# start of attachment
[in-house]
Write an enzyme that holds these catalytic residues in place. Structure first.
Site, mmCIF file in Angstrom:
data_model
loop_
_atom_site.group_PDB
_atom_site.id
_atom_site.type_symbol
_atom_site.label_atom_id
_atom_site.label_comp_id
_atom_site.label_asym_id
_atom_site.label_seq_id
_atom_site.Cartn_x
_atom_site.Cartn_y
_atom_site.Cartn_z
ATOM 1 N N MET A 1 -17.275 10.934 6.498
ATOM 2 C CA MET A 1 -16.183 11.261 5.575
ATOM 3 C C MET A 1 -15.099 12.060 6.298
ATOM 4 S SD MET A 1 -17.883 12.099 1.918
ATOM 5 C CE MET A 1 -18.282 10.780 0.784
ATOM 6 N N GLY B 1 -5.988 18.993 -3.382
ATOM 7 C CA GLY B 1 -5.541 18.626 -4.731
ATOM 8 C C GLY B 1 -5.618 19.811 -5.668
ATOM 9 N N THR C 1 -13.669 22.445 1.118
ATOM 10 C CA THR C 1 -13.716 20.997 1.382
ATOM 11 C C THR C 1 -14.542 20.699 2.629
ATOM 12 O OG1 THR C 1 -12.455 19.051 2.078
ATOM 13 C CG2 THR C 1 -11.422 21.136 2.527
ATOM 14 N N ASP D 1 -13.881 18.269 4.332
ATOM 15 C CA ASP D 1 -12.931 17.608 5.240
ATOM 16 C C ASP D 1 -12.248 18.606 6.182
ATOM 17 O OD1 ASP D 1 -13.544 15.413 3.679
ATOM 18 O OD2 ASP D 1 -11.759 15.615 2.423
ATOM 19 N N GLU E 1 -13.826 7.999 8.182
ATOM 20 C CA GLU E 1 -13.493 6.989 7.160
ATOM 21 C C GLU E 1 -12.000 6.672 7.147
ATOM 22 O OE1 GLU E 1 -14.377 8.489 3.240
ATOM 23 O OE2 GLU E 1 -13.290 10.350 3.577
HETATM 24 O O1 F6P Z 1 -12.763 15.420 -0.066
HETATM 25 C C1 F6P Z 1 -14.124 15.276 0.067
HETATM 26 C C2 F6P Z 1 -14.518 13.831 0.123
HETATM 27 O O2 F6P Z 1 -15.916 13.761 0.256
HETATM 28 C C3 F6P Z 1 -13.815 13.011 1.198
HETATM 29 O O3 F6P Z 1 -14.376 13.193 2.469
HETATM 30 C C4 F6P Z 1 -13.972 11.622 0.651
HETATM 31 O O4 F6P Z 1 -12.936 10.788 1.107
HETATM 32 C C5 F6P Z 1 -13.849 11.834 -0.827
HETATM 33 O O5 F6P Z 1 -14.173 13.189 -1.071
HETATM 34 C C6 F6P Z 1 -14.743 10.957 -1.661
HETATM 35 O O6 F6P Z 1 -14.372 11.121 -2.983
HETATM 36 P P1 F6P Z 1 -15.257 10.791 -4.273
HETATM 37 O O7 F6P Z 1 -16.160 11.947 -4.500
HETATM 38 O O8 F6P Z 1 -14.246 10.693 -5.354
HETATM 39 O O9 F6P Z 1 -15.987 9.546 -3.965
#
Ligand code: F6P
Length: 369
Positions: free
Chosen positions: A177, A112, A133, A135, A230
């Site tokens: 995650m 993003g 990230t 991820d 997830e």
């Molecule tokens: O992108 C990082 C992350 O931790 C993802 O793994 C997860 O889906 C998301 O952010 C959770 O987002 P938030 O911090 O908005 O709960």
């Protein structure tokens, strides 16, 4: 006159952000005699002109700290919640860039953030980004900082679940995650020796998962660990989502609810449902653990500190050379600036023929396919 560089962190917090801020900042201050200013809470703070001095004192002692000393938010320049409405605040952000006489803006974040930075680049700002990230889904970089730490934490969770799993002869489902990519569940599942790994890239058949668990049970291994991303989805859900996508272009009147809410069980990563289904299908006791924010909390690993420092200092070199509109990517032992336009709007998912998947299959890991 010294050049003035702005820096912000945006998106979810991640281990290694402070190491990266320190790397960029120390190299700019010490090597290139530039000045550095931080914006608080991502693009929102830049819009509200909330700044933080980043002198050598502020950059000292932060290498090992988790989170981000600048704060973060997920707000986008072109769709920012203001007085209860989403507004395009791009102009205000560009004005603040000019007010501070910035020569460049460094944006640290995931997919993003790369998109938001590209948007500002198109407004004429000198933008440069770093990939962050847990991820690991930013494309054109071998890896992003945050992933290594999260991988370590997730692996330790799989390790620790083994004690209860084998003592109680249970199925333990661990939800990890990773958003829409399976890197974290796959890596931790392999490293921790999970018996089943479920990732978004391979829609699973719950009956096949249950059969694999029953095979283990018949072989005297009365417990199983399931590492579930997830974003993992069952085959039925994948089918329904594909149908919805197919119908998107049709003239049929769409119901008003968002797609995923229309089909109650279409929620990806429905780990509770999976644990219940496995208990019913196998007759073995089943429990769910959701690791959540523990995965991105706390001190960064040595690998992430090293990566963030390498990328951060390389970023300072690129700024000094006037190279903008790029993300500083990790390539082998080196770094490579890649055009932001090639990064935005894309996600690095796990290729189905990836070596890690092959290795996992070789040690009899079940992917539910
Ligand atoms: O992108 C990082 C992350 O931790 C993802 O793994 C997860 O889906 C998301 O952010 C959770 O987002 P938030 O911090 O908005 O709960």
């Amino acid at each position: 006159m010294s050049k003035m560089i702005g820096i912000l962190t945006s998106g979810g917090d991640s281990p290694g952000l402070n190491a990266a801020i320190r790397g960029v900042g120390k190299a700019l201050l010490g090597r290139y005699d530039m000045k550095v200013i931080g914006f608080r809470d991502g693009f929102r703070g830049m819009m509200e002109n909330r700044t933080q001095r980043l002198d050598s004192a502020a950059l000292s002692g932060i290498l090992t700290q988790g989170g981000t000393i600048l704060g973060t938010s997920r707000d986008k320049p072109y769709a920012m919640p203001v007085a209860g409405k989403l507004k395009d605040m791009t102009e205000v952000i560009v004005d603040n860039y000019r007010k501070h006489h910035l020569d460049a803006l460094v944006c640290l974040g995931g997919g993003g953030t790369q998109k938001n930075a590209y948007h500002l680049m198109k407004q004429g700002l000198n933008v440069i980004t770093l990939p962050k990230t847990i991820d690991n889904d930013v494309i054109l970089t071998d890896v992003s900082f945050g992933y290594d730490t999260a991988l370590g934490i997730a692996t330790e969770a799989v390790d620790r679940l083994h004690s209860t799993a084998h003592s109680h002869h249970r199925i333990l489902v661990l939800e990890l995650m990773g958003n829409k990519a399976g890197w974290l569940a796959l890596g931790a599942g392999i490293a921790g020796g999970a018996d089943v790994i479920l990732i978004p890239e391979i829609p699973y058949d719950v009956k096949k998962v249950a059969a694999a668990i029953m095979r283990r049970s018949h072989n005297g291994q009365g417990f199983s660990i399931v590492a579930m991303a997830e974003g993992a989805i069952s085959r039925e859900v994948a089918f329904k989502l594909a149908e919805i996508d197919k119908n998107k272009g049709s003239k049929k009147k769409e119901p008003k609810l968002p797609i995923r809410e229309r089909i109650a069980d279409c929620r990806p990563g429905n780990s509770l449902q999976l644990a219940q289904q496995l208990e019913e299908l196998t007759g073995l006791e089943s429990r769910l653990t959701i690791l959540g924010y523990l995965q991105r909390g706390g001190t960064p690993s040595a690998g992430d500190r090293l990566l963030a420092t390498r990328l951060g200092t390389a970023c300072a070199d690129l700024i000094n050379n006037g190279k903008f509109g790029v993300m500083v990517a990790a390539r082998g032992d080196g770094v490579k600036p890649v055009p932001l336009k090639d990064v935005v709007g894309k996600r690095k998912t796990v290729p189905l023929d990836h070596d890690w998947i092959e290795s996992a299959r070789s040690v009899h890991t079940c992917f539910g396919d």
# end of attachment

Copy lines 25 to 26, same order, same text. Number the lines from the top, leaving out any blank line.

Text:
ATOM 10 C CA THR C 1 -13.716 20.997 1.382
ATOM 11 C C THR C 1 -14.542 20.699 2.629